DULLES, Va. ― Nine individuals from Yemen arrived in Virginia on Monday morning, nine days after being turned away by U.S. authorities tasked with implementing President Donald Trump’s travel ban that targets seven Muslim-majority countries.
After their third transatlantic journey in a week-and-a-half, brothers Tareq Aqel Mohammed Aziz and Ammar Aqel Mohammed Aziz, 19 and 21 respectively, walked out into the international arrivals terminal at Dulles Airport, where their father, Aqel, was eagerly waiting for them, his blue blazer adorned with an American flag pin. Fifteen minutes later, they were joined by Ebrahim Abdo Ali Al-Murisi and Tahani Ali Ahmed Al Zubairi, a couple traveling with their five children, ranging from 3 to 14 years old.
The two families embarked on a nearly identical journey late last month. They traveled from Djibouti to Ethiopia, Ethiopia to Ireland, and then from Ireland to the U.S. on Friday Jan. 27. But last time they were on U.S. soil, they never made it out of customs. Hours after their flight took off, Trump signed an executive order temporarily banning individuals from Yemen, Iran, Iraq, Syria, Somalia, Sudan and Libya from entering the country. Shortly after, the State Department canceled the Azizs’ and Al-Murisis’ visas.
When the Yemenis arrived at Dulles the morning of Jan. 28, authorities detained them, questioned them and forced them to sign paperwork without access to lawyers or interpreters, said Simon Sandoval-Moshenberg, a lawyer from the Legal Aid Justice Center who is working on their case.
Authorities at the airport marked their immigration visas with a stamp that read, “canceled DWAS, application withdrawn.” Sandoval-Moshenberg believes the travelers were coerced into signing documents to voluntarily cancel their visas.
A couple hours later, the Aziz brothers and the Al-Murisis boarded a flight back to Addis Ababa — an unexpected expense tacked onto an already costly journey. They spent several days in the airport there before Ethiopian authorities told them they had exhausted their welcome, said Paul Hughes, a lawyer at Mayer Brown who is also working on their case. Then they continued on to Djibouti, where they waited for news from their lawyers.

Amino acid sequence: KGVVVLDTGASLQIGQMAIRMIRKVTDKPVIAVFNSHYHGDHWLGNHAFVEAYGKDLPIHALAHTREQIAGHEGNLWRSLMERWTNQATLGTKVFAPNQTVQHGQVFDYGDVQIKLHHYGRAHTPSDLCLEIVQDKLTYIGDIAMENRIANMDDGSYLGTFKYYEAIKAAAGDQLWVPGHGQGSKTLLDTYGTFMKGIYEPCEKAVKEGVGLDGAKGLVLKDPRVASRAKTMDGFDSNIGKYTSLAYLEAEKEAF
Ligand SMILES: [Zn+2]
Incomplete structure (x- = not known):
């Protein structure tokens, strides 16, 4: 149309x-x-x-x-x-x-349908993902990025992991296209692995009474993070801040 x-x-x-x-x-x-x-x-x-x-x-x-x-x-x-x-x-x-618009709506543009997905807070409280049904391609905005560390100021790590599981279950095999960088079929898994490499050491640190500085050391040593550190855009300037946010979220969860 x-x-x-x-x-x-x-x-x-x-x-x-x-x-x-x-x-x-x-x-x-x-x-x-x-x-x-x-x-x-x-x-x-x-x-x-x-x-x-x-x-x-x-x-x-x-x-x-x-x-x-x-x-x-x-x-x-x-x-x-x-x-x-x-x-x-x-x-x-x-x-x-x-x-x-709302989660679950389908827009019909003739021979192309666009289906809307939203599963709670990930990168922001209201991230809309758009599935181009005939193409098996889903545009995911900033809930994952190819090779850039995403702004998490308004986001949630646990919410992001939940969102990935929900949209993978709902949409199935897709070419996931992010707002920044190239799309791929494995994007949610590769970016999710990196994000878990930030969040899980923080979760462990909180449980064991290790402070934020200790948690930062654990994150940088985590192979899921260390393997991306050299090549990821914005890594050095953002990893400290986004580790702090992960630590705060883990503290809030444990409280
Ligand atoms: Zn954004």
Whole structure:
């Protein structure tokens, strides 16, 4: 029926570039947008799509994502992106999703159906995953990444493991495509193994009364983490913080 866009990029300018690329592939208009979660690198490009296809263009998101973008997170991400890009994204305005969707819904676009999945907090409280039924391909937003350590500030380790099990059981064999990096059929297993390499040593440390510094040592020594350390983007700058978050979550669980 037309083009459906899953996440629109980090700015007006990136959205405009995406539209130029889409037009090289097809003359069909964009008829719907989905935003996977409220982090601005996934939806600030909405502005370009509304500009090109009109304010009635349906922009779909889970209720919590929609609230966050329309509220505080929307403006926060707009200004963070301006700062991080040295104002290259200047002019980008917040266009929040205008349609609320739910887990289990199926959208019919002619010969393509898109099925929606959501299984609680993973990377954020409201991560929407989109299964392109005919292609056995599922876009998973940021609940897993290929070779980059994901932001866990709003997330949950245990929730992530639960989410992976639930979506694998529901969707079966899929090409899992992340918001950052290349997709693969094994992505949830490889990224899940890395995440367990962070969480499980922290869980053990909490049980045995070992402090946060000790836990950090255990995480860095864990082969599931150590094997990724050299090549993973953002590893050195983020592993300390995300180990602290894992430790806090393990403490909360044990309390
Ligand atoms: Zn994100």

Back in Virginia, a team of lawyers from the Legal Aid Justice Center and Mayer Brown secured a temporary restraining order in federal court, giving their clients a short period of time to reenter the country. But they also had to get assurances that the U.S. government would facilitate their clients’ reentry to the country, despite the cancelation stamp on their visas. In the days ahead of the Yemenis’ second attempt to enter the U.S., their legal team worked the phones constantly to ensure that authorities in the several airports they would pass through knew to allow them to travel to the U.S.
But as they waited for the Aziz brothers and the Al-Murisis again on Monday, their family members still couldn’t be certain their loved ones wouldn’t be turned away again.
“I was looking at the door thinking, ‘Nobody’s going to come through that door,’” said Aqel, who had waited in vain for his sons to arrive in Detroit last week.
Aqel, a U.S. citizen who has lived in Michigan since 2001, began the process of bringing his two sons to the U.S. as lawful permanent residents a year and a half ago. Late last year, immigration authorities invited Tareq and Ammar to be interviewed at the nearest U.S. embassy. The U.S. shuttered its embassy in Yemen in 2015 due to the escalating war there, so the brothers traveled to Djibouti for their Jan. 4 interview. Three weeks later, their passports were returned to them, stamped with immigration visas, meaning they were approved for lawful permanent residency. They boarded their flight the following day, unaware that the new U.S. president was preparing to block their entry.
“They had the bad luck of taking off on Friday instead of Thursday,” Sandoval-Moshenberg said. “They took off thinking this was going to be the happiest day of their lives. When they landed, it turned into a nightmare they could have never ever expected,” he continued.
The entire process of getting the Aziz brothers to the U.S., which including extensive security vetting of both men, cost over $70,000, their father estimated. “I owe so many people money to bring them here,” he said. But even as he reflected on his debt, Aqel couldn’t stop smiling at his sons.
“I am so happy, I am so glad,” Aqel said. “This is America, America is for everybody.”
The Aziz brothers plan to travel to Flint, Michigan, with their father, where they will continue their studies, they said. The Al-Murisi family will continue on to Richmond, California, where Ebrahim’s father lives.
Ebrahim’s father has been trying to convince his son to move the family to the U.S. for the past fifteen years, said Gawhar Fadhle, Ebrahim’s step-brother, who met him at the Dulles airport. But Ebrahim, a dentist who worked at a clinic in Sanaa, didn’t want to leave his home. It wasn’t until the escalation of the war in Yemen, where the U.S. is backing Saudi Arabia in the conflict, that he agreed to move.
Despite their unwelcoming introduction to America, the Azizs and Al-Murisis said they are grateful and relieved to have made it to the U.S. Tareq smiled as he gazed at the lawyers who fought to bring him and his brother to the U.S.
“They made me feel like there is a family here,” he said.